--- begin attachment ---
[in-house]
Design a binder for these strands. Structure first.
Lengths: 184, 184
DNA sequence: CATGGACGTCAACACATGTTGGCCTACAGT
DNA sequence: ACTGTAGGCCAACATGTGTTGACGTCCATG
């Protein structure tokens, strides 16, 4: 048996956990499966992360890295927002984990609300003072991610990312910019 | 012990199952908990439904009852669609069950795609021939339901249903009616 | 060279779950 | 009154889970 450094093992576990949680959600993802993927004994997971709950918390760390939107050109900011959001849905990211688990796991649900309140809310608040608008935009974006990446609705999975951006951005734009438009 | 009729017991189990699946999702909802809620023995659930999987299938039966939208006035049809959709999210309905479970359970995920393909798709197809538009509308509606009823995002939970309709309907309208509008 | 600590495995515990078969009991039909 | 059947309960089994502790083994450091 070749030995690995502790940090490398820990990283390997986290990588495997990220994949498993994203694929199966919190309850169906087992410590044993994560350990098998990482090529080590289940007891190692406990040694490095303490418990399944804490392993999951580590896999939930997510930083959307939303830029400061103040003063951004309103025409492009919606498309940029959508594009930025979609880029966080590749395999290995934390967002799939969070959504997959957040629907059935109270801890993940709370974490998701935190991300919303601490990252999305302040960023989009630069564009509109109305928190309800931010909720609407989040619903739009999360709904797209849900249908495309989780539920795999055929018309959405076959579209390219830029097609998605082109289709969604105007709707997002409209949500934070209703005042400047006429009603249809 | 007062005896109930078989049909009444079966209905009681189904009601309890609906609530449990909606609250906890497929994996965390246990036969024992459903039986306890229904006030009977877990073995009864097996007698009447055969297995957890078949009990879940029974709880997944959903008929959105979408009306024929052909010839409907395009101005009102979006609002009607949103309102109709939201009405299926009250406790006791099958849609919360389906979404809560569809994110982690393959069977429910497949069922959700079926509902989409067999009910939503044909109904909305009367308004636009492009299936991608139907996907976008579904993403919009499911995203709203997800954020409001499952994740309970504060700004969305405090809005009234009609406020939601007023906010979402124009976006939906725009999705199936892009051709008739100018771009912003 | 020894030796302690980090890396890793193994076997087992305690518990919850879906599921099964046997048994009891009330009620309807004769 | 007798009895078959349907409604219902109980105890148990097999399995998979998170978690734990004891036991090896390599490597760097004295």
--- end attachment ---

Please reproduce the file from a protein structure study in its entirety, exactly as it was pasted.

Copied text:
[in-house]
Design a binder for these strands. Structure first.
Lengths: 184, 184
DNA sequence: CATGGACGTCAACACATGTTGGCCTACAGT
DNA sequence: ACTGTAGGCCAACATGTGTTGACGTCCATG
């Protein structure tokens, strides 16, 4: 048996956990499966992360890295927002984990609300003072991610990312910019 | 012990199952908990439904009852669609069950795609021939339901249903009616 | 060279779950 | 009154889970 450094093992576990949680959600993802993927004994997971709950918390760390939107050109900011959001849905990211688990796991649900309140809310608040608008935009974006990446609705999975951006951005734009438009 | 009729017991189990699946999702909802809620023995659930999987299938039966939208006035049809959709999210309905479970359970995920393909798709197809538009509308509606009823995002939970309709309907309208509008 | 600590495995515990078969009991039909 | 059947309960089994502790083994450091 070749030995690995502790940090490398820990990283390997986290990588495997990220994949498993994203694929199966919190309850169906087992410590044993994560350990098998990482090529080590289940007891190692406990040694490095303490418990399944804490392993999951580590896999939930997510930083959307939303830029400061103040003063951004309103025409492009919606498309940029959508594009930025979609880029966080590749395999290995934390967002799939969070959504997959957040629907059935109270801890993940709370974490998701935190991300919303601490990252999305302040960023989009630069564009509109109305928190309800931010909720609407989040619903739009999360709904797209849900249908495309989780539920795999055929018309959405076959579209390219830029097609998605082109289709969604105007709707997002409209949500934070209703005042400047006429009603249809 | 007062005896109930078989049909009444079966209905009681189904009601309890609906609530449990909606609250906890497929994996965390246990036969024992459903039986306890229904006030009977877990073995009864097996007698009447055969297995957890078949009990879940029974709880997944959903008929959105979408009306024929052909010839409907395009101005009102979006609002009607949103309102109709939201009405299926009250406790006791099958849609919360389906979404809560569809994110982690393959069977429910497949069922959700079926509902989409067999009910939503044909109904909305009367308004636009492009299936991608139907996907976008579904993403919009499911995203709203997800954020409001499952994740309970504060700004969305405090809005009234009609406020939601007023906010979402124009976006939906725009999705199936892009051709008739100018771009912003 | 020894030796302690980090890396890793193994076997087992305690518990919850879906599921099964046997048994009891009330009620309807004769 | 007798009895078959349907409604219902109980105890148990097999399995998979998170978690734990004891036991090896390599490597760097004295």